Rhythm & Views 


The danger with musicians going multi-culti is that sometimes all those colorful tastes, while so beguiling on their own, can blend together and cancel each other out. The result can end up as bland as white bread and butter. Los Angeles-based band Ozomatli avoids this trap on their third, full-length disc, Street Signs, by refusing to homogenize the ingredients on its diverse menu of sounds.

The Latin hip-hop band's previous album was released Sept. 11, 2001, and the terrorist attacks on that date and world events since have inspired the band to further explore their commitment to social justice, progressive politics and anti-war sentiments.

Witness the potentially controversial track "(Who Discovered) America?" On this infectious meeting of salsa and urban music, singer Raúl Pacheco makes the pursuit of a beautiful, unattainable woman a metaphor for manifest destiny, conflating imperialism and sexist patriarchy.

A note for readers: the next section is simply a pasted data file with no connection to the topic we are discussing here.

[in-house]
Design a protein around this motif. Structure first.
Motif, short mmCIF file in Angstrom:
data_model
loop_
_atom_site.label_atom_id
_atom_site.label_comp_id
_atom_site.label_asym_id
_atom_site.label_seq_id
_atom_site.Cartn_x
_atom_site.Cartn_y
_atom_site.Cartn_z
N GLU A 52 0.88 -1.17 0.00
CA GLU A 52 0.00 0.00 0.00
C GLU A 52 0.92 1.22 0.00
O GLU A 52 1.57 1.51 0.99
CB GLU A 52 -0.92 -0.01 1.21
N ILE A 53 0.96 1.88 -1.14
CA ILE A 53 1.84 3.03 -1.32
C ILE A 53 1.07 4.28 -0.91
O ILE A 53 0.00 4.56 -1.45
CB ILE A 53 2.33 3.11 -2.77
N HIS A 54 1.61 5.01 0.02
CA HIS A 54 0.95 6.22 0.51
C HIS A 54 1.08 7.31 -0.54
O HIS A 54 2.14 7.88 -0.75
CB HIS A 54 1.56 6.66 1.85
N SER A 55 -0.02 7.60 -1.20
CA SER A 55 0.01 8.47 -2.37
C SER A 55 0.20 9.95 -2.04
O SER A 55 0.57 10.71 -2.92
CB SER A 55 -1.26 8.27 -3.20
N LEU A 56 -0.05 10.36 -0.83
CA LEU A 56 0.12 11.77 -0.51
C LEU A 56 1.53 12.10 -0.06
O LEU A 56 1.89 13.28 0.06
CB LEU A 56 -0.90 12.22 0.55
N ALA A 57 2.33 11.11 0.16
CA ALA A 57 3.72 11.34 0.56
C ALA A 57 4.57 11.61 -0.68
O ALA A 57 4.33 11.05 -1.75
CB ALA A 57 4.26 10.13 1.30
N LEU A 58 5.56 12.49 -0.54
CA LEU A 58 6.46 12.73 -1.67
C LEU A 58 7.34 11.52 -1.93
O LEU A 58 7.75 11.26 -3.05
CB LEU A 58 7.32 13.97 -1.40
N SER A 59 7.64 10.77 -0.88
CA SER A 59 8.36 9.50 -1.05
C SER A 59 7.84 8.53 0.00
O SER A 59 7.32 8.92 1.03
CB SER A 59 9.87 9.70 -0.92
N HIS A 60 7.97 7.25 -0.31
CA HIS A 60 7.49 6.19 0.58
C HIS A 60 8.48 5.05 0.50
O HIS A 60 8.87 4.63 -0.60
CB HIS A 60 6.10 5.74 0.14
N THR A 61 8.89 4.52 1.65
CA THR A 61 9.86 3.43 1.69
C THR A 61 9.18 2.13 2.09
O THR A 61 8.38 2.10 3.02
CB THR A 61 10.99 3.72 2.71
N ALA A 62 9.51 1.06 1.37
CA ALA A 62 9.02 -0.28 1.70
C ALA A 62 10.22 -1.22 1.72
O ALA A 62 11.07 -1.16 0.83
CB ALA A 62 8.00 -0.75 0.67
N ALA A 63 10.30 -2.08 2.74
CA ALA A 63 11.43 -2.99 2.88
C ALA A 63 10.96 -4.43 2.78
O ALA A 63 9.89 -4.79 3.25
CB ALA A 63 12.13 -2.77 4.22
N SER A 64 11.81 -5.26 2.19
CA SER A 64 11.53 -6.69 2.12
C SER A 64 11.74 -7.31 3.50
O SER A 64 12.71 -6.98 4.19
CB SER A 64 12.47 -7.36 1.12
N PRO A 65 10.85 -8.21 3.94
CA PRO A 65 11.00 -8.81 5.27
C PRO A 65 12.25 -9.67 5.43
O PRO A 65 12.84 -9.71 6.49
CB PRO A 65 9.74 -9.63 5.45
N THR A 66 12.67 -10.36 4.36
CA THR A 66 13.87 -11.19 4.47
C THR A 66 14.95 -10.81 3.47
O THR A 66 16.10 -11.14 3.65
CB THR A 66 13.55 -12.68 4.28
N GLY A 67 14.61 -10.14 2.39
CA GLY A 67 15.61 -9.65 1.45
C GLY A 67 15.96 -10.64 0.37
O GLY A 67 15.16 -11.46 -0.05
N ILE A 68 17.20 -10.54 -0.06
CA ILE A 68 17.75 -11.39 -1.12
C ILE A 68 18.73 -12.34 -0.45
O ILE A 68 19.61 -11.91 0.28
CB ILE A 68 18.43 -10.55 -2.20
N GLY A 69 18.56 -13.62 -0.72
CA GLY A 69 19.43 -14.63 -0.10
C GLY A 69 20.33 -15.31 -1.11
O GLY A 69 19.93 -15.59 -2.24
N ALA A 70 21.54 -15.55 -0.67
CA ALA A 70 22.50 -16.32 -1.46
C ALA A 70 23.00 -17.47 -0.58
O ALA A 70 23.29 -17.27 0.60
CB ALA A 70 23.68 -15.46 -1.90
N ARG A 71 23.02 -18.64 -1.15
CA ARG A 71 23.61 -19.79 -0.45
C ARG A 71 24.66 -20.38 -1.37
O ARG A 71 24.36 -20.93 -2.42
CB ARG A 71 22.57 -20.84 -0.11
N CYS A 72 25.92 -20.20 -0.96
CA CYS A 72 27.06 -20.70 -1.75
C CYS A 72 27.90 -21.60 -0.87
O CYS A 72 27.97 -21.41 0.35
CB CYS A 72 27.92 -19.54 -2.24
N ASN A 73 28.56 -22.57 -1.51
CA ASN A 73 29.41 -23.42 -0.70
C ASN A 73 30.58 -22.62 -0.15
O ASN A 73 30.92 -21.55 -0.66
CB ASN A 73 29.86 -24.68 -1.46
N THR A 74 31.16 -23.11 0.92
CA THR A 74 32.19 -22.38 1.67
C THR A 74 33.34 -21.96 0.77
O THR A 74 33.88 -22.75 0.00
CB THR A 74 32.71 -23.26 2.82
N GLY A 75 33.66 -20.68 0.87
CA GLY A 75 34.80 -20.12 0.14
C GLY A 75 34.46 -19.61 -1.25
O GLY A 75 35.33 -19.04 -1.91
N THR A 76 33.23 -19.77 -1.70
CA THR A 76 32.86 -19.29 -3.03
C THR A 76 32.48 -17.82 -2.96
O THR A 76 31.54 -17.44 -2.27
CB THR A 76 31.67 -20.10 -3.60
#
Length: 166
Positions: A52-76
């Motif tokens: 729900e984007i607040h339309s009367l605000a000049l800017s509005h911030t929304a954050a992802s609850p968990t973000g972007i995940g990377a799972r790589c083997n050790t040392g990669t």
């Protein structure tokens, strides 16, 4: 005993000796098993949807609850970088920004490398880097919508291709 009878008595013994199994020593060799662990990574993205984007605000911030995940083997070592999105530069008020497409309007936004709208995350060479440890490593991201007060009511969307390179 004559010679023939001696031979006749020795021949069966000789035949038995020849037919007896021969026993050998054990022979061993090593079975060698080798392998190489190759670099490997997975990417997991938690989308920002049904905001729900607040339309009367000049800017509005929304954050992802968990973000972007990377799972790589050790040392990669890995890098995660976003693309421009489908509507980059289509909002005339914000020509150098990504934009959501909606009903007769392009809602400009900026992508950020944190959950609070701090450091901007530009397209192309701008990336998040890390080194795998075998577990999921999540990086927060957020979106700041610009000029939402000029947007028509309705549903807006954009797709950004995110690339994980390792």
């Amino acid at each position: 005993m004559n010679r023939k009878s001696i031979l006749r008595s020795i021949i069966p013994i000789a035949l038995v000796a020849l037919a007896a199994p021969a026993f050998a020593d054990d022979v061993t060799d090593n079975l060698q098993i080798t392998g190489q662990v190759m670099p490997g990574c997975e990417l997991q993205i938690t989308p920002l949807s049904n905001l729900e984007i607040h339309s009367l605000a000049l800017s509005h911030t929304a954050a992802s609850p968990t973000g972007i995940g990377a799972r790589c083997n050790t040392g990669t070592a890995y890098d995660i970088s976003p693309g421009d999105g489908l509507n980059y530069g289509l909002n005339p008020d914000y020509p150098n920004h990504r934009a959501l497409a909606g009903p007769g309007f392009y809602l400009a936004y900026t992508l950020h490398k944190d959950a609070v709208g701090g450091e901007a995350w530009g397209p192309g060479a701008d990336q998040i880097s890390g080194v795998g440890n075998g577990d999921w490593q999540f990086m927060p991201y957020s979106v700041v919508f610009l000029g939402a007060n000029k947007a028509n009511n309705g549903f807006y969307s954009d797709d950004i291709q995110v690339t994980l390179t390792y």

On their latest album, many of Ozomatli's songs feature a new, Middle Eastern tinge, such as the opening track "Believe," a heartfelt declaration that a better, more peaceful world is still possible. Framed by a dramatic string arrangement, which sounds like a sirocco wind sweeping out of North Africa, this tune works a fierce dance-club groove and incorporates a Nusrat Fateh Ali Khan sample.

The band's former DJ, Chali 2na (now of Jurassic 5), takes control of the mike on "Who's to Blame," addressing global politics and violence against a trance-like rhythm that calls to mind Moroccan gnawa music.

Among the record's special guests are Latin-jazz pianist Eddie Palmieri, the French Jewish band Les Yeux Noirs, Los Lobos singer-guitarist David Hidalgo, the Prague Symphony, Moroccan music legend Hassan Hakmoun and Ozomatli's original DJ, Cut Chemist. Allowing these collaborators to maintain their musical integrity goes a long way toward keeping it real.

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